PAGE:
Translation:Zsuzsa is looking for a good book and she cannot find any.
Would another possible translation be "Zsuzsa is looking for a good book and she can't find one"? It seems like the "any" or the "one" is just implied.
I put and cannot find it but it was rejected. They just seem to want and cannot find so I will try that
the word talál is indefinite conjugation which means that Zsuzsa is looking for any good book, and can't find any. If Zsuzsa is looking for a specific book, then you would use the definite form találja.
They have put the number one 1 instead of the word one. I don't think we would do that in English except for perhaps texting someone
I think not, for the reason JimLeonard0 gave above. (“It” would mean she can’t find a particular book, and then the definite conjugation would have been used for talál.)
I think it's bizarre because in English the sentence clearly represents a contrast, so naturally, or at least that's what i think, there should be "but" instead of the "and"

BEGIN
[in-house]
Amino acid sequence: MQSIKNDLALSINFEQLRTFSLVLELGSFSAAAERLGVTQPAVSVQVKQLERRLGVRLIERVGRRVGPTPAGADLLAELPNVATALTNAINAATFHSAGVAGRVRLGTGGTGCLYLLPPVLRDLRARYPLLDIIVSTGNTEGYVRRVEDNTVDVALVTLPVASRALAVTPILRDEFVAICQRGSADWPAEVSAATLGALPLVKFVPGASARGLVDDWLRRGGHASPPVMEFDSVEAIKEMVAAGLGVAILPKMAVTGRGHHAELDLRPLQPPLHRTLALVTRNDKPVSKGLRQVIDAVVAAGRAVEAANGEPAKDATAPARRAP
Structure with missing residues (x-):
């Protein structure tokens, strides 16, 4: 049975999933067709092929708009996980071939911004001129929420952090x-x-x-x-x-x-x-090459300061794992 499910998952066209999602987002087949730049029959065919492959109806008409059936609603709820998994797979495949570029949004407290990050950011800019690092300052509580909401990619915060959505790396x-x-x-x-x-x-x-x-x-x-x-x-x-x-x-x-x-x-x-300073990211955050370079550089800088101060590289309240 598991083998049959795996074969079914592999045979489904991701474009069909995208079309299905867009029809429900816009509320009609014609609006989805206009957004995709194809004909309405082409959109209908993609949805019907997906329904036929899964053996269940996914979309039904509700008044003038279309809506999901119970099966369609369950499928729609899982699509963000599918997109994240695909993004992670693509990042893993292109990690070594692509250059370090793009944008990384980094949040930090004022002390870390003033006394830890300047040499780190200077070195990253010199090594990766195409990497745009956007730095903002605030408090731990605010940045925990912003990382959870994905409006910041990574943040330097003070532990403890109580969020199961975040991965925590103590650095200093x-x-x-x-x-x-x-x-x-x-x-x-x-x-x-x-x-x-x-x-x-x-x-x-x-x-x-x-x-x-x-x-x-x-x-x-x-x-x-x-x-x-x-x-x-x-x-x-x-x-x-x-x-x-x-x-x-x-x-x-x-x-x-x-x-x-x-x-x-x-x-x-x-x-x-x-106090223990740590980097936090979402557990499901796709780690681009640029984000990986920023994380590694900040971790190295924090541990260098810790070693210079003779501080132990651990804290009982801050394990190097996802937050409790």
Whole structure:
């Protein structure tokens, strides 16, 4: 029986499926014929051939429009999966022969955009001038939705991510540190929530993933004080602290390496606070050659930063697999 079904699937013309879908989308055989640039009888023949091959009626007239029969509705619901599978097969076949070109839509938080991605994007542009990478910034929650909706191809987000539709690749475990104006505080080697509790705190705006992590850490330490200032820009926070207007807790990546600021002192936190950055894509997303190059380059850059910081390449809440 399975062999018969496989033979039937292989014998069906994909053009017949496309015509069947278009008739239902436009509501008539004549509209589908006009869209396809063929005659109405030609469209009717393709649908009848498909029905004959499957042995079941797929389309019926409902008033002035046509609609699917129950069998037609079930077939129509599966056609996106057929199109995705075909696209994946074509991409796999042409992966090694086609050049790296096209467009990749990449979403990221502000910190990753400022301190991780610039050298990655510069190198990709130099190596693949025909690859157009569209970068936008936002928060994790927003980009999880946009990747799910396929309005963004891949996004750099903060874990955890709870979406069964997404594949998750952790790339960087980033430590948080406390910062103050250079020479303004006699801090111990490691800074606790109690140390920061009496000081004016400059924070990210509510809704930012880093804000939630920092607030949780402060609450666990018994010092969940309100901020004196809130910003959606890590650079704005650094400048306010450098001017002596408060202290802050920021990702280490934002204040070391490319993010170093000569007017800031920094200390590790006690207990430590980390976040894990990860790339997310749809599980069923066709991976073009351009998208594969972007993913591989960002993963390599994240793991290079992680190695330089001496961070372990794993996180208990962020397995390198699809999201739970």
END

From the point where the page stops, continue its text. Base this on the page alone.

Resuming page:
Can i thus figure that the "és" in Hungarian is somehow just a sort of coordinate conjunction and can be used if the two parts are positive, negative or even both?
the answer is Zsuzsa is looking for a good book and she cannot find one. OR Zsuzsa is looking for good bookS and she cannot find any.
What makes this incorrect: "Zsuzsa is looking for and cannot find a good book"?
A literal translation might require a form of "tud + infinitive" or "nem lehet + infinitive" in the Hungarian, but a less strict English translation would accept my example. Indeed, the translation is quite loose.
It's a fine English sentence but you need commas to separate the clause "and cannot find" from the main clause.